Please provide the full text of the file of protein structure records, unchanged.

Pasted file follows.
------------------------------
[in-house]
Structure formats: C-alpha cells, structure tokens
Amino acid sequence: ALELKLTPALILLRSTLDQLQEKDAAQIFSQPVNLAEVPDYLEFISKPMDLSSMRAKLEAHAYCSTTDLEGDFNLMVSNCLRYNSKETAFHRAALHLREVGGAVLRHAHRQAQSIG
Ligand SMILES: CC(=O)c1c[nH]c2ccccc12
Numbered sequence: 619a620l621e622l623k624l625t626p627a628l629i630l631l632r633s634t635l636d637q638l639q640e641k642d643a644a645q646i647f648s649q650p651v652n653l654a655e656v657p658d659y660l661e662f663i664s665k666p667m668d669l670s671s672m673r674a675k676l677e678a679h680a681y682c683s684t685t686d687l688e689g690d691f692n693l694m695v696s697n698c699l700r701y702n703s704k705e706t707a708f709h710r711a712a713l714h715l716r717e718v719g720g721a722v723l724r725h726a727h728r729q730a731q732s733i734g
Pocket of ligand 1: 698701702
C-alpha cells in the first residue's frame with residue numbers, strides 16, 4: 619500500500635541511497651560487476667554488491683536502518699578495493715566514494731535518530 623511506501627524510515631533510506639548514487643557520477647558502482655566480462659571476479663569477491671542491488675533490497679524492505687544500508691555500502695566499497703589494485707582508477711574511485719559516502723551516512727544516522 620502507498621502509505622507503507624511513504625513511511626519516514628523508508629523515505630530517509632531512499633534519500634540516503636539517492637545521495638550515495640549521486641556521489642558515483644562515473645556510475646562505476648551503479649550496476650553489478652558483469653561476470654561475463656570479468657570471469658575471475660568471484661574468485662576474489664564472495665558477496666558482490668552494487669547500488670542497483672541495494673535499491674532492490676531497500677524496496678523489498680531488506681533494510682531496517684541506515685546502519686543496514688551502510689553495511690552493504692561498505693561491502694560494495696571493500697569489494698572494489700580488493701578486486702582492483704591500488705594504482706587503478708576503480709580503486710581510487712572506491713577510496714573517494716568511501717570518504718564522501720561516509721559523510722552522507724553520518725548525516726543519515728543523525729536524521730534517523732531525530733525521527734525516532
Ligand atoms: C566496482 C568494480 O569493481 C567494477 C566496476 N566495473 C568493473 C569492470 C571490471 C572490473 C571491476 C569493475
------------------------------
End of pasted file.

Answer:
[in-house]
Structure formats: C-alpha cells, structure tokens
Amino acid sequence: ALELKLTPALILLRSTLDQLQEKDAAQIFSQPVNLAEVPDYLEFISKPMDLSSMRAKLEAHAYCSTTDLEGDFNLMVSNCLRYNSKETAFHRAALHLREVGGAVLRHAHRQAQSIG
Ligand SMILES: CC(=O)c1c[nH]c2ccccc12
Numbered sequence: 619a620l621e622l623k624l625t626p627a628l629i630l631l632r633s634t635l636d637q638l639q640e641k642d643a644a645q646i647f648s649q650p651v652n653l654a655e656v657p658d659y660l661e662f663i664s665k666p667m668d669l670s671s672m673r674a675k676l677e678a679h680a681y682c683s684t685t686d687l688e689g690d691f692n693l694m695v696s697n698c699l700r701y702n703s704k705e706t707a708f709h710r711a712a713l714h715l716r717e718v719g720g721a722v723l724r725h726a727h728r729q730a731q732s733i734g
Pocket of ligand 1: 698701702
C-alpha cells in the first residue's frame with residue numbers, strides 16, 4: 619500500500635541511497651560487476667554488491683536502518699578495493715566514494731535518530 623511506501627524510515631533510506639548514487643557520477647558502482655566480462659571476479663569477491671542491488675533490497679524492505687544500508691555500502695566499497703589494485707582508477711574511485719559516502723551516512727544516522 620502507498621502509505622507503507624511513504625513511511626519516514628523508508629523515505630530517509632531512499633534519500634540516503636539517492637545521495638550515495640549521486641556521489642558515483644562515473645556510475646562505476648551503479649550496476650553489478652558483469653561476470654561475463656570479468657570471469658575471475660568471484661574468485662576474489664564472495665558477496666558482490668552494487669547500488670542497483672541495494673535499491674532492490676531497500677524496496678523489498680531488506681533494510682531496517684541506515685546502519686543496514688551502510689553495511690552493504692561498505693561491502694560494495696571493500697569489494698572494489700580488493701578486486702582492483704591500488705594504482706587503478708576503480709580503486710581510487712572506491713577510496714573517494716568511501717570518504718564522501720561516509721559523510722552522507724553520518725548525516726543519515728543523525729536524521730534517523732531525530733525521527734525516532
Ligand atoms: C566496482 C568494480 O569493481 C567494477 C566496476 N566495473 C568493473 C569492470 C571490471 C572490473 C571491476 C569493475